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Cloud Instance Quality vs. Cloud Platform Cost-at-Scale
What is the failure rate of cloud instances at Amazon, Azure, Google?
I have looked for specific numbers – but so far found just aggregate “nines” for cloud regions or availability zones. So my anecdotal response is “for the most part, a REAL long time”. It is not unusual for us to find customers’ Cohesive network controllers running for years without any downtime. I think the longest we have seen so far is six years of uptime.
So – with generally strong uptimes for instance-based solutions, and solid HA and recovery mechanisms for cloud instances – how much premium should you spend on some of the most basic “cloud platform solutions”?
Currently cloud platforms are charging a significant premium for some very basic services which do not perform that differently, and in some cases I would argue less well than instance-based solutions; either home-grown or 3rd-party vended.
Let’s look at a few AWS examples:
- NAT-Gateway 4.5 cents per hour plus a SIGNIFICANT data tax of 4.5 cents per gigabyte
- Transit Gateway VPC Connection 5 cents per hour for each VPC connection plus a HEALTHY data tax of 2 cents per gigabyte
- AWS Client VPN $36.50 per connected client (on a full-time monthly basis), $72 per month to connect those VPN users to a single subnet! (AWS does calculate your connected client costs at 5 cents per hour, but since we should all basically be on VPNs at all times, how much will this save you?)
NOTE: The items I call “data taxes” are on top of the cloud outbound network charges you pay (still quite hefty on their own).
If you are using cloud at scale, depending on the size of your organization, the costs of these basic services get really big, really fast. At Cohesive we have customer’s that are spending high six figures, and even seven figures in premium on these types of services. The good news is for a number of those customers it is increasingly “were spending”, as they move to equally performant, more observable, instance-based solutions from Cohesive.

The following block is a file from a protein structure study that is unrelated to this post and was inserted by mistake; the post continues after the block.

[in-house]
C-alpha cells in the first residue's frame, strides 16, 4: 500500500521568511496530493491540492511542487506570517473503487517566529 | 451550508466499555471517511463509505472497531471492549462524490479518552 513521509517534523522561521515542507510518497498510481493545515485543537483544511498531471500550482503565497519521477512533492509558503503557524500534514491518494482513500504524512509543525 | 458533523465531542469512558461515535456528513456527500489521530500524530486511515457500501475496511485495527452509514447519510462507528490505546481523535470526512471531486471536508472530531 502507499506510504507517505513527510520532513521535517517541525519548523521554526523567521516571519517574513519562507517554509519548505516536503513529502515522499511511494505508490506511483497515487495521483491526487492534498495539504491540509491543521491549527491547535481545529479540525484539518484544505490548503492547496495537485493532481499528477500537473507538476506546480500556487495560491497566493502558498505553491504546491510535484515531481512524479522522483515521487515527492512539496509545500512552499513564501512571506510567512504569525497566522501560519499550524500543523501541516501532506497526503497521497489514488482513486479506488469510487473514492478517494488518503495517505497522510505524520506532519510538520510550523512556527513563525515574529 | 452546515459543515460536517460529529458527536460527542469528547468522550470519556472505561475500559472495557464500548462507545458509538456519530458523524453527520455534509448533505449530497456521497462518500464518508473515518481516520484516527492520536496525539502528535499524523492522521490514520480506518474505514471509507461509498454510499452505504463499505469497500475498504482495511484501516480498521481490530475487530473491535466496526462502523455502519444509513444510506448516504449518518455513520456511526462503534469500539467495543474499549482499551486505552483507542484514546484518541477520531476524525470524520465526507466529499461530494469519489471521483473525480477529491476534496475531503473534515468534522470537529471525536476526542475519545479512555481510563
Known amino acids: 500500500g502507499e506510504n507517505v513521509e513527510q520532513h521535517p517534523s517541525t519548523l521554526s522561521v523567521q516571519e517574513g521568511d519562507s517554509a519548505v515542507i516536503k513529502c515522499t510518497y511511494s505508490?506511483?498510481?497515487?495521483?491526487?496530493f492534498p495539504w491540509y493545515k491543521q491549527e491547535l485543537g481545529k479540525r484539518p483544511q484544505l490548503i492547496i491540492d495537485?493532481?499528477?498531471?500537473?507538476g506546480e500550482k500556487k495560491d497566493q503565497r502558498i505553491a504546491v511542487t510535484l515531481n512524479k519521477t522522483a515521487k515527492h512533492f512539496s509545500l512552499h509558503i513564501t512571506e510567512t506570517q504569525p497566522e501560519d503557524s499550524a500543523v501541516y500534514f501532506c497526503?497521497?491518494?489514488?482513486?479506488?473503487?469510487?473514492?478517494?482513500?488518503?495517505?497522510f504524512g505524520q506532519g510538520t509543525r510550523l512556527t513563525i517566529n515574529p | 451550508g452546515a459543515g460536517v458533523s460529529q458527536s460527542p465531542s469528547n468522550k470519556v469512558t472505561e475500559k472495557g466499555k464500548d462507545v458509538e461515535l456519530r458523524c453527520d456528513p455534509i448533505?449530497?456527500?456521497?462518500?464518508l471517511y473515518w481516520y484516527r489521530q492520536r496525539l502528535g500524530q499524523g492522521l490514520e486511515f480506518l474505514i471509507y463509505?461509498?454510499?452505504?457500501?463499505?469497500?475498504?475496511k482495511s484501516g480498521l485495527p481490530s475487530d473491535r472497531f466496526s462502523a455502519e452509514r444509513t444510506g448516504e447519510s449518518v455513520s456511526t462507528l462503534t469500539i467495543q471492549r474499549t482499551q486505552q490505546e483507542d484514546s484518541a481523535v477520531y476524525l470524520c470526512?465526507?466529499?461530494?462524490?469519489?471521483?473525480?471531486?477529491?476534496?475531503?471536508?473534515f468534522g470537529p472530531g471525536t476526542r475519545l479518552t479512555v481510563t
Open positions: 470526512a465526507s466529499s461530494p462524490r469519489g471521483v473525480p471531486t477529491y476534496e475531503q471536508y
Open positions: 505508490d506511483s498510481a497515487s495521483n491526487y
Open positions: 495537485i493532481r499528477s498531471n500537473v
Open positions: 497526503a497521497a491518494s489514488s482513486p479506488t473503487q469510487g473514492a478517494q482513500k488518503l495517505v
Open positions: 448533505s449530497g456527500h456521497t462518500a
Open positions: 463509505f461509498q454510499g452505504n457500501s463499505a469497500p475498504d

Here is a recent blog post from Ryan at Cohesive providing an overview of Cohesive NATe nat-gateway instances versus cloud platforms. For many, a solution like this seem to meet the need.
Although – I think Ryan’s post may have significantly underestimated the impact of data taxes. https://twitter.com/pjktech/status/1372973836539457547
So you say “Yes, instance availability is really good, but what about [fill in your failure scenarios here] ?”
Depending on how small your recovery windows need to be, there are quite a range of HA solutions to choose among. Here are a few examples:
- Protect against fat-finger termination, automation mistakes with auto-scale groups of 1, and termination protection
- Use AWS Cloud Watch and EC2 Auto Recovery to protect against AWS failures
- Run multiple instances and add in a Network Load Balancer for still significant savings
- Use Cohesive HA plugin allowing one VNS3 Controller instance to take over for another (with proper IAMs permissions)
Overall, this question is a “modern” example of the “all-in” vs. “over-the-top” tension I wrote about in 2016 still available on Medium. More simply put now, I think of the choice as being when do you run “on the cloud” and when do you choose to run “in the cloud”, and ideally it is not all or none either way.
In summary, given how darn good the major cloud platforms are at their basic remit of compute, bulk network transport, and object storage, do you need to be “in the cloud” at a significant expense premium, or can you be “on the cloud” for significant savings at scale for a number of basic services?